What happens when a vaccine for COVID-19 comes online? Tuesday, Republican lawmakers pushed legislation that would’ve limited mandates on immunizations.
According to Delegate Mark Cole, the Commissioner of Health shouldn’t have the authority to require vaccinations for people who’d object because of their religious beliefs. He says that rule would apply to a limited group of people.
“I think, you know, vast majority of people will certainly take immunizations and I think that would be enough to acquire herd immunity in the population,” Cole says.
Efforts from Cole and two of his colleagues were met with a resounding “no” from Democrats, including Delegate Mark Levine.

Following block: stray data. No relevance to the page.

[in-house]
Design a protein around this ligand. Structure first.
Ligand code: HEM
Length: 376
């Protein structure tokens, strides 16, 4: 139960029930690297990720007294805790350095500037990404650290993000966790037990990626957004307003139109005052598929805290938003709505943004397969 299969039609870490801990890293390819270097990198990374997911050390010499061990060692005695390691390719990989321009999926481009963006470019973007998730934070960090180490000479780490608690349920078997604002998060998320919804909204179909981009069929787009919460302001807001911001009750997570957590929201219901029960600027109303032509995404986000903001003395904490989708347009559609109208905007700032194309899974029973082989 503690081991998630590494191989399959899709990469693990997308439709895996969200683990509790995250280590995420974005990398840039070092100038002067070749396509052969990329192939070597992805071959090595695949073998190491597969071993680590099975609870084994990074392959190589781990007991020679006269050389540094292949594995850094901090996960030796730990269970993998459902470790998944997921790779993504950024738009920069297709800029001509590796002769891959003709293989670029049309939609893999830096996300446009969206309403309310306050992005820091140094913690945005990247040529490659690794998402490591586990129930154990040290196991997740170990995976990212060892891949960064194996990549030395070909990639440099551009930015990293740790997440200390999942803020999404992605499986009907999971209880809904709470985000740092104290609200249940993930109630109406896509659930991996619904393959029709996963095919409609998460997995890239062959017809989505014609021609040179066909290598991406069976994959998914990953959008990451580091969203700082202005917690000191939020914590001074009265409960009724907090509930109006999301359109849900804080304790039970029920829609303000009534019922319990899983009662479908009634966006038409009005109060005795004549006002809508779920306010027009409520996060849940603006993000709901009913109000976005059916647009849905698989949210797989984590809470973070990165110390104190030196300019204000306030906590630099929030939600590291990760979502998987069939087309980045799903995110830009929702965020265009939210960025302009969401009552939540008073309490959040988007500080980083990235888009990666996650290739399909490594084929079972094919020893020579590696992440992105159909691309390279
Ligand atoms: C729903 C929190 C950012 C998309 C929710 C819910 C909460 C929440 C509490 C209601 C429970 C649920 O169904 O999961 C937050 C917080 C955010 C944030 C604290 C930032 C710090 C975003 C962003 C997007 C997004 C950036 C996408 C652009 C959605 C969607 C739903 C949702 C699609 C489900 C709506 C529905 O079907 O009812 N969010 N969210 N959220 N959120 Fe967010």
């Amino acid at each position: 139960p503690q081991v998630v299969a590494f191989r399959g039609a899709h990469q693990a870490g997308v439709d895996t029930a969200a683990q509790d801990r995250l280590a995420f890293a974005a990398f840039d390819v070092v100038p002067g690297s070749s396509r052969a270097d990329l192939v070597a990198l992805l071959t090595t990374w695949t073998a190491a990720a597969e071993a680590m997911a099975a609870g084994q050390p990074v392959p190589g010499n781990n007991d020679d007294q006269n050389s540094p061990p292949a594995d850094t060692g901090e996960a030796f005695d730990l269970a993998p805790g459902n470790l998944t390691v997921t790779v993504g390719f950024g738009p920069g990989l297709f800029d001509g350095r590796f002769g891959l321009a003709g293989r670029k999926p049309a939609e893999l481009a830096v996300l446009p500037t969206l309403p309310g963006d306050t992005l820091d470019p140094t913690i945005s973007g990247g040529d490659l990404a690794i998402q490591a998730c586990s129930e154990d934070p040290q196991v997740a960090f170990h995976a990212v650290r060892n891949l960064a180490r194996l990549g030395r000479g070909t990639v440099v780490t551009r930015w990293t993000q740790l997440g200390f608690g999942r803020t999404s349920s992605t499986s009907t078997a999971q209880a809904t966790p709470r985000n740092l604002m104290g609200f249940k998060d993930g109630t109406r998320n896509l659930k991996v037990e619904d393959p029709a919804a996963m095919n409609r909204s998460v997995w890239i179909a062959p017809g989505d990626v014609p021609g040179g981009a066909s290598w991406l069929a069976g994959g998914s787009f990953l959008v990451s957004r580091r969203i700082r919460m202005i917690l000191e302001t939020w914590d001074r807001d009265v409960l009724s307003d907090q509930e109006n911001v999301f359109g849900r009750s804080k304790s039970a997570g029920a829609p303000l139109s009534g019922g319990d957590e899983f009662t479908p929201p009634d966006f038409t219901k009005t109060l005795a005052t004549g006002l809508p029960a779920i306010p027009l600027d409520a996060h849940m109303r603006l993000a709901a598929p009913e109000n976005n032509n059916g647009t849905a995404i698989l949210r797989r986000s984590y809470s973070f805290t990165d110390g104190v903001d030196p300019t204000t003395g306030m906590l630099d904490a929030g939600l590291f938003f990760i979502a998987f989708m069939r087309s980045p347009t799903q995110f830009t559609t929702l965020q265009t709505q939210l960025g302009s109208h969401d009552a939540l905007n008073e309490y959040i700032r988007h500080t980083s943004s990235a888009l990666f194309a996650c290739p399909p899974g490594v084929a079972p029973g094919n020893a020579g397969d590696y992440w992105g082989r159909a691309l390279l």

“You don’t have a right to kill somebody else. You just don’t. You don’t have a religious right to kill somebody else,” Levine says.
Commenting on a similar bill, State Epidemiologist Dr. Lilian Peake took a more measured tone with her objection.
“When there’s a new pathogen, a new virus that emerges in the population and people have not been exposed to it in the past, most people will not have natural immunity," Peake says.
Given the severity and potentially fatal consequences of COVID-19, Peake says vaccinating a large enough part of the population is critical to minimizing its spread.
Lawmakers might look at defining “religious freedom” during next year’s session – as there currently isn’t such a definition in Virginia’s code.